A groundbreaking new study from researchers at Drexel University reveals that exposing infants and toddlers to screens may negatively impact their sensory development, leading to atypical sensory behaviors. Published this week in the journal JAMA Network Open, the findings have sparked widespread concern among pediatricians and early childhood experts.
Major Study Finds Direct Link Between Screen Time Under Age 2 and Sensory Processing Issues
The Drexel research definitively shows that each additional hour per day of screen time for children under 2 years old is associated with a 28% higher chance of having sensory processing issues at age 3-5.
Lead researcher Dr. Hilarie Cash explained the significance of the results:
“This is the first study to document an association between screen viewing time in early childhood and sensory processing issues later on. These sensory issues include over- or under-responsiveness to touch, movement, sights or sounds.”
The findings held true even when accounting for other factors like socioeconomics and parent mental health.
| Chance of Sensory Issues Based on Daily Screen Time |
|Less than 1 hour|28% increase|
|1-3 hours|56% increase |
|More than 3 hours| 84% increase|
Dr. Cash emphasized that while the exact mechanisms are still being studied, neurological development in the first 3 years appears highly susceptible to environmental influences.
“We know that early childhood brains develop rapidly in direct response to input from a child’s senses. It’s possible screen time causes over-stimulation of the visual and auditory senses at the expense of other sensory processes.”
The American Pediatric Association (APA) has long-standing screen time limits of no screens for under 18 months and no more than 1 hour per day up to 5 years old. However, surveys suggest these limits are routinely exceeded.
Pediatricians Emphasize Importance of No Screens Before Age 3
In light of the increasing evidence, pediatricians are doubling down on the APA guidelines. Dr. Dimitri Christakis, editor-in-chief of JAMA Pediatrics, said:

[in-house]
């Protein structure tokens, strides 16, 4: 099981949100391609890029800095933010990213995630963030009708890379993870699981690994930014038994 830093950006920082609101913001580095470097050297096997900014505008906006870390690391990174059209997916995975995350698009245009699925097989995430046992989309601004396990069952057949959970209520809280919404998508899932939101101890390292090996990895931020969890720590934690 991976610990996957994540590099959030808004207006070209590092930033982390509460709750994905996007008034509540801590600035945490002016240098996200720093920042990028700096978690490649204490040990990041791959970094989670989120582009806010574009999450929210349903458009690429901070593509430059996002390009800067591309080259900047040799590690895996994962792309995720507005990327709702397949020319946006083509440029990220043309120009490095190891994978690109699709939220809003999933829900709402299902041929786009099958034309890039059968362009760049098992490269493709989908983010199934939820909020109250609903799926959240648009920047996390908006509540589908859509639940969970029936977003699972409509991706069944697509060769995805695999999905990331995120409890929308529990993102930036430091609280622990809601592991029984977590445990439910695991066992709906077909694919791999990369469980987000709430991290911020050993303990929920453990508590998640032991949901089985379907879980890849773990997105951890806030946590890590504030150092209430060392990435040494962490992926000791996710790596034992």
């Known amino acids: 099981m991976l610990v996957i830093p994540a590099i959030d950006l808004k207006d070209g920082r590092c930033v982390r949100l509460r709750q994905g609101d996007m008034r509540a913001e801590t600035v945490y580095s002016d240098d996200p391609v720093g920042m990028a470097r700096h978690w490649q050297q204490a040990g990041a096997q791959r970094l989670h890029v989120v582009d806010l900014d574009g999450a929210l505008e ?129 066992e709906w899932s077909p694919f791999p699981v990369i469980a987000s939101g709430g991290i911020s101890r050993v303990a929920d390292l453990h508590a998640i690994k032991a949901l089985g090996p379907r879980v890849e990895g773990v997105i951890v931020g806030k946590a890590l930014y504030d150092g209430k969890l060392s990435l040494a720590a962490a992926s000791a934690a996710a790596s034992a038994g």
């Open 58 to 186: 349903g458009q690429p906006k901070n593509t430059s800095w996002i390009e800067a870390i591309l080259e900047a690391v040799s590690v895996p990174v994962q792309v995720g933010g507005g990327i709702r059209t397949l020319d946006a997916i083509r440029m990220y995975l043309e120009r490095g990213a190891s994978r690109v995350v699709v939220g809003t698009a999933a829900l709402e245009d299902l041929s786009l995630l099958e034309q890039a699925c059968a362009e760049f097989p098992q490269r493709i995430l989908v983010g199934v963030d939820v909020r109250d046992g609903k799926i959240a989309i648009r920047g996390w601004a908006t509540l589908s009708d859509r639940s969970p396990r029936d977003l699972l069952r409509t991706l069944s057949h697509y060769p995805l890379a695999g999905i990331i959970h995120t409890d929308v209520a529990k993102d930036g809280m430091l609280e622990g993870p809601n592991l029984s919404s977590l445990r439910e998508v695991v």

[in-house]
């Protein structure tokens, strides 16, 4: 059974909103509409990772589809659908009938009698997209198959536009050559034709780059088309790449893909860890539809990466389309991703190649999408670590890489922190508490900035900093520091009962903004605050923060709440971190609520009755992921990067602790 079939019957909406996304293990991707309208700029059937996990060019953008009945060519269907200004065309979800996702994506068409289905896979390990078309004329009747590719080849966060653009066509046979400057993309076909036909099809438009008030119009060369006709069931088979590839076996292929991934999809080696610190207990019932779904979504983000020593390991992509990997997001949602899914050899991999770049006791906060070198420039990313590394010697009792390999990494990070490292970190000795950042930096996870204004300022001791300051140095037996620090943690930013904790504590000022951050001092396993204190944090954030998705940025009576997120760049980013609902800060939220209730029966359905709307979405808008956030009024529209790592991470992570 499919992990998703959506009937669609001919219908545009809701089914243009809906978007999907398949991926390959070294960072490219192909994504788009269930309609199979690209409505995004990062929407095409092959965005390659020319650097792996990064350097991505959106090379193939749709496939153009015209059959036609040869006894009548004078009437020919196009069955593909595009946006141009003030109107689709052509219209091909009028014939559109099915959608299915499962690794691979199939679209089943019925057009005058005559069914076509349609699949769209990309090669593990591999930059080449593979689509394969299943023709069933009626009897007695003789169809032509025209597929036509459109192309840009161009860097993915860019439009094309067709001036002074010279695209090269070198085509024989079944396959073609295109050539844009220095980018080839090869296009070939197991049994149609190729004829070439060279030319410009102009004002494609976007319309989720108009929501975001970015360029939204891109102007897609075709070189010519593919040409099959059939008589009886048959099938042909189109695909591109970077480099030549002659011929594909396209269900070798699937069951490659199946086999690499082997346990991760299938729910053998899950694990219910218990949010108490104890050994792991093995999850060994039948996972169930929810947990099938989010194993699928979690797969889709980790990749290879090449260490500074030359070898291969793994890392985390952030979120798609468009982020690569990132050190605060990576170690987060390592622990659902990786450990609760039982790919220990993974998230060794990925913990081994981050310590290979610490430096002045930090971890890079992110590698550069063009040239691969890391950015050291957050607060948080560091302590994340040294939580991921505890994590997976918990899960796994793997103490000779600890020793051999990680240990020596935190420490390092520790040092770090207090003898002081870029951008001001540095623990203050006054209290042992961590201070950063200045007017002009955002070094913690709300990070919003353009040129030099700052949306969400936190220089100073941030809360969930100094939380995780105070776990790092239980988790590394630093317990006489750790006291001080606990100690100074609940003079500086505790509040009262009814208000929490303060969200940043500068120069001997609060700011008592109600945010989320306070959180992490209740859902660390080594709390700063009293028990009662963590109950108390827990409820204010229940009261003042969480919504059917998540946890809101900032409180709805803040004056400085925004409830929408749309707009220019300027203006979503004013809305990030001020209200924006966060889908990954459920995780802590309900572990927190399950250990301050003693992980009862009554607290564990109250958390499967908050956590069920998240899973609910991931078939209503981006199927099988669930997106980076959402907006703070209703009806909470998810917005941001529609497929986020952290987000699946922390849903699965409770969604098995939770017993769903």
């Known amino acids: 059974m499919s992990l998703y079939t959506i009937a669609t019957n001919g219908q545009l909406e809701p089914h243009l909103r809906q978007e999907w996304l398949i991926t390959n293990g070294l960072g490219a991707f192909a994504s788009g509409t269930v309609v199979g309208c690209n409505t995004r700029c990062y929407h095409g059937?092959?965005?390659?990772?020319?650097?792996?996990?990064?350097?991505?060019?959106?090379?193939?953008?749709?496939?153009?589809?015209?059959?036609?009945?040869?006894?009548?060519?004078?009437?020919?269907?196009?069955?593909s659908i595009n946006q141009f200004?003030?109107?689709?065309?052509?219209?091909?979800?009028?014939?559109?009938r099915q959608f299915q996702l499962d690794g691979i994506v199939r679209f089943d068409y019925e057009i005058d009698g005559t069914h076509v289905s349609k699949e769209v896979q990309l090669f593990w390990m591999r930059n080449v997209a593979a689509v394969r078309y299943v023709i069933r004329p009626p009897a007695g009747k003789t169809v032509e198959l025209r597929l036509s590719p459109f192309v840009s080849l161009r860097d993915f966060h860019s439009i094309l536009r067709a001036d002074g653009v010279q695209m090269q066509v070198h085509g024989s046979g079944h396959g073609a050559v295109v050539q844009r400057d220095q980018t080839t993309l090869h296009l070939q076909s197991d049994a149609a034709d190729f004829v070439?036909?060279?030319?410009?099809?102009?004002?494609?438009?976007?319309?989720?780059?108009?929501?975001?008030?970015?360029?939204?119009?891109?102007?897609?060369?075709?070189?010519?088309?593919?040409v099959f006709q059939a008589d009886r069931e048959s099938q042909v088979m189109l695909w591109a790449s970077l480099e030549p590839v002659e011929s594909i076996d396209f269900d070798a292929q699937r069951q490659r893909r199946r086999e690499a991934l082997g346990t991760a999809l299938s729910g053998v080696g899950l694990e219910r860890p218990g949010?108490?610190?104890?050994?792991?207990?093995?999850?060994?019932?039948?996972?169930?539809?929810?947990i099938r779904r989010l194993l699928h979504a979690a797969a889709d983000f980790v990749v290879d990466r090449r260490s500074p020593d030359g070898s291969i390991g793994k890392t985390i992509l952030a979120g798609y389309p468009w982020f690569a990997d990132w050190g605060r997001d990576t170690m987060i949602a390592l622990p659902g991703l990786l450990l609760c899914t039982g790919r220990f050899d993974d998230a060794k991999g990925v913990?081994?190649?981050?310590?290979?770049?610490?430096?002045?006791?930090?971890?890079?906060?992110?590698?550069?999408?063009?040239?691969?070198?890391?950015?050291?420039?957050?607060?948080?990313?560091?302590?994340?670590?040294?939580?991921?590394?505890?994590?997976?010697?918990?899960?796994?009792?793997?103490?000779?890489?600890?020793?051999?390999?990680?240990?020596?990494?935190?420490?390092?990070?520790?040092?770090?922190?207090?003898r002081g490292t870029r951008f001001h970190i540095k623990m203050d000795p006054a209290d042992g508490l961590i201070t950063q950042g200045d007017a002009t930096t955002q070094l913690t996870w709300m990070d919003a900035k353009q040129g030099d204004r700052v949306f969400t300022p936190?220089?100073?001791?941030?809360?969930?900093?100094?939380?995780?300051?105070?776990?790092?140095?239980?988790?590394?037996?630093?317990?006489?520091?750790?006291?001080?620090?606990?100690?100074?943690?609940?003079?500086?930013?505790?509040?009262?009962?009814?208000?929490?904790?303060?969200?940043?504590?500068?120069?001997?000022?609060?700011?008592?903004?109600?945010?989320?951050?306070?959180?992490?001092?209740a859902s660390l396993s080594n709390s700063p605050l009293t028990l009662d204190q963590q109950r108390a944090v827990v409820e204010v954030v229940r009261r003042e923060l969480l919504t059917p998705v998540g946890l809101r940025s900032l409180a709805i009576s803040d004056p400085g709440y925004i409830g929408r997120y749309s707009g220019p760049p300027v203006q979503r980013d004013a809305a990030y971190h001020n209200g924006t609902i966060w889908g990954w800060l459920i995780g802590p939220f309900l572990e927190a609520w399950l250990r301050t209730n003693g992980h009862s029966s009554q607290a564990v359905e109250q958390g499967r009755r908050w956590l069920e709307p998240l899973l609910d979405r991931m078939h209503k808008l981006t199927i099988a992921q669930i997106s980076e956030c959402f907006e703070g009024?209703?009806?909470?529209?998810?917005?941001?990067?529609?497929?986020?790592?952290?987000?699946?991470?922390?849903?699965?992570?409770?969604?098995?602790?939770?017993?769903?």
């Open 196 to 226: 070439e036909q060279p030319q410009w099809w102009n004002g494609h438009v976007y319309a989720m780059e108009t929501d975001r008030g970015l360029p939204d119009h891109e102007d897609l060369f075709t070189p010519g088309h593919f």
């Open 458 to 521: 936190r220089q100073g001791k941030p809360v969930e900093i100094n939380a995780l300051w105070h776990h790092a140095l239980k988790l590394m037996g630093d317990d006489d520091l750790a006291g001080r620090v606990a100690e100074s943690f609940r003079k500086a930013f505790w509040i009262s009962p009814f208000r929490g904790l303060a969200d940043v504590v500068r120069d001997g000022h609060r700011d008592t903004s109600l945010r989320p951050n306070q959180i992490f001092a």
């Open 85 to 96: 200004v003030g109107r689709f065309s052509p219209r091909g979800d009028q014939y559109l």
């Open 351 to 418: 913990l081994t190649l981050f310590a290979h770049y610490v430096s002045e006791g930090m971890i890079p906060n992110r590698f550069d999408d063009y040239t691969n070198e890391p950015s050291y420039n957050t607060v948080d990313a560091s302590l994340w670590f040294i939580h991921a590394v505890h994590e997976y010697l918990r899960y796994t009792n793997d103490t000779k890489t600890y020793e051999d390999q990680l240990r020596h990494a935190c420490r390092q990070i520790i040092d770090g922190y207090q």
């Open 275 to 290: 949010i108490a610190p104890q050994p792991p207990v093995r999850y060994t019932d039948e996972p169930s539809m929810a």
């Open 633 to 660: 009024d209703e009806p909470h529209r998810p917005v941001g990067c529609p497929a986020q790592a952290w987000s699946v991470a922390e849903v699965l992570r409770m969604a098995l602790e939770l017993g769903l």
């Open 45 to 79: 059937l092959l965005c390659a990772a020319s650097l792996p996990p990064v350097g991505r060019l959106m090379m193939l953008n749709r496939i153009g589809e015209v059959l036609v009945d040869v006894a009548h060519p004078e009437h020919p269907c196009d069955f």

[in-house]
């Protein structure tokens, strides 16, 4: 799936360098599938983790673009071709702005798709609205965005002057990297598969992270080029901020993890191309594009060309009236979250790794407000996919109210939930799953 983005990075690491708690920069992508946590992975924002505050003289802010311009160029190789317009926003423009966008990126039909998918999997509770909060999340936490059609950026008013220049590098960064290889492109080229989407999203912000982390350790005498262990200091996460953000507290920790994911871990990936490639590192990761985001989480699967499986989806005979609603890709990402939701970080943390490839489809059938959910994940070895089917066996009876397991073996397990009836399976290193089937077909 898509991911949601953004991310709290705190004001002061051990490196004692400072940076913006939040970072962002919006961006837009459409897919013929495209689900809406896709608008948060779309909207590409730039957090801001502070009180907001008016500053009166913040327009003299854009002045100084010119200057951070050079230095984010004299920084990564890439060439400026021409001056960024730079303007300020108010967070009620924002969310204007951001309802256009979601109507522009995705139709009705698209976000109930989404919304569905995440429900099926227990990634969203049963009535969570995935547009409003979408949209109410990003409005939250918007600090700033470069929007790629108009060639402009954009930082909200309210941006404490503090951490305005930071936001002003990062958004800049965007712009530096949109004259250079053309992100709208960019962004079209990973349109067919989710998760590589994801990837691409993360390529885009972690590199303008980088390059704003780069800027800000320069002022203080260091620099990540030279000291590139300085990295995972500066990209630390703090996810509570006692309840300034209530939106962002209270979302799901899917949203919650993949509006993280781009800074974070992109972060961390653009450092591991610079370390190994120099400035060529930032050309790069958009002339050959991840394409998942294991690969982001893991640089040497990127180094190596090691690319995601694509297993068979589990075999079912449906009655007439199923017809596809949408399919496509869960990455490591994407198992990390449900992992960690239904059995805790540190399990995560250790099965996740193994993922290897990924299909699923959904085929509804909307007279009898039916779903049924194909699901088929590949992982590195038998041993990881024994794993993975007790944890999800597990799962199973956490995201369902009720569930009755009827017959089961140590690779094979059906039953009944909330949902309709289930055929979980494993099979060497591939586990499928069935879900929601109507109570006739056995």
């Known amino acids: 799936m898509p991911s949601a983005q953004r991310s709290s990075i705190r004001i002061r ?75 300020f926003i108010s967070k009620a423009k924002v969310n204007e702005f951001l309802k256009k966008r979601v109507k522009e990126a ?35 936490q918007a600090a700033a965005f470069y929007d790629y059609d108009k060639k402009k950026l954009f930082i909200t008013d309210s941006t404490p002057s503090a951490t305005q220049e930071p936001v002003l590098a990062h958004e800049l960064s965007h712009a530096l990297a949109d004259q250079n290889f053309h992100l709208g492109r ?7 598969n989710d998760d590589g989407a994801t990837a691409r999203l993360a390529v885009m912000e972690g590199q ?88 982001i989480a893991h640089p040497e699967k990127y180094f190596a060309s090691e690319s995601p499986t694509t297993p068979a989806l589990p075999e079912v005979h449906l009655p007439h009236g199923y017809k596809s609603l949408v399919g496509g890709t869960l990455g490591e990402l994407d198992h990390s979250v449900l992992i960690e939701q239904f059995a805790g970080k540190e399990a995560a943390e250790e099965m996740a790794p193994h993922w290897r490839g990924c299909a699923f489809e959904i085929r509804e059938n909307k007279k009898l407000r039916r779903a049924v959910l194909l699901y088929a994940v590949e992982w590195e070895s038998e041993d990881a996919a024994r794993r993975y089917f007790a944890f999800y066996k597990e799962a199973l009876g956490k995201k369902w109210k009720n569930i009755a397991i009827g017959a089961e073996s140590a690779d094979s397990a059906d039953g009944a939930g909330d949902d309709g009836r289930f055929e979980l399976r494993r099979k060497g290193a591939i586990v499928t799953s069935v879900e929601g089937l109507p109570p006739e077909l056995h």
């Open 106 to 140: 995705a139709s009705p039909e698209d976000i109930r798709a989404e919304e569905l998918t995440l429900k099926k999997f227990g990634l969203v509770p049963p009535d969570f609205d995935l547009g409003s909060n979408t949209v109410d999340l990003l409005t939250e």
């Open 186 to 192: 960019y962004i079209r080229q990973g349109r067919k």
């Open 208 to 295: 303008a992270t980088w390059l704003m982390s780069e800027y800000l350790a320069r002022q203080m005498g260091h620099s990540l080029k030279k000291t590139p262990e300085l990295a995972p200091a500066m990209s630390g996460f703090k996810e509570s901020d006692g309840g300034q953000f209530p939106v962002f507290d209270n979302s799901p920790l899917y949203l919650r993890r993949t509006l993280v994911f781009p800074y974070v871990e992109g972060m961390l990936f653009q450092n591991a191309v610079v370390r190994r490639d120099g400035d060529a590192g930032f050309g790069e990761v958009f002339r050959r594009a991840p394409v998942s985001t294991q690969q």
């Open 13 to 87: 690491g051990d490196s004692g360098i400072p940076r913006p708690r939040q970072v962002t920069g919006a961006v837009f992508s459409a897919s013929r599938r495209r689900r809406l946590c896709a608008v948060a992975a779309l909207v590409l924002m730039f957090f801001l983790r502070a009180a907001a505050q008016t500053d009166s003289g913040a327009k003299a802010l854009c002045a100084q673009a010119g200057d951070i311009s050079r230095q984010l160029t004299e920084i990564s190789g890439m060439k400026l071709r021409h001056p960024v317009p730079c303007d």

“The single most important thing parents can do for their children’s cognitive, language and social-emotional development is to read with them. Yet that activity is often being displaced by screen time.”
The APA also points out that critical language skills develop rapidly in the first 3 years, facilitated by real interaction with parents, caregivers and surroundings:
“Verbal interactions with adults enable infants and toddlers to hear a rich set of language. When toddlers interact with hands-on toys, they build motor skills. Real-world activities also nurture abstract thinking necessary for literacy and numeracy.”
Yet surveys indicate 42% of children under 2 are exposed to over 2 hours of background TV daily and spend 30 minutes explicitly viewing content. These numbers only increase as kids approach kindergarten age.
Many parents resort to screens to calm children down. But Dr. Christakis argues touch, movement and human connection are the building blocks of self-regulation. Relying on screens can interfere with developing these skills.
How Parents Can Limit Early Screen Time Exposure
In light of the risks screens pose to sensory and cognitive development, here are tips from child experts on avoiding devices:
Delay media exposure – Prioritize reading, pretend play, exploring outdoors and socializing. Wait until at least 3 years old for high quality programming in moderation.
Avoid background TV – Constant noisy stimulation from TVs in the household disrupts language processing even when the child isn’t directly viewing.
Model good habits – Be mindful of your own screen use and make face-to-face interactions a priority.
Get grandparents on board – Many kids get screen time while under grandparents’ care. Communicate your healthy limits to provide consistency.
Invest in engaging toys & activities – Fill your child’s environment with age-appropriate games, puzzles, building blocks and open-ended toys like play dough that force hands-on exploration. Plan interactive outings to museums, parks and zoos.
The revelation that early screen time can seriously impact brain wiring adds more urgency for parents to delay digital media. While more research is underway, medical professionals agree that activities requiring real-world interaction are most beneficial to babies’ burgeoning minds.
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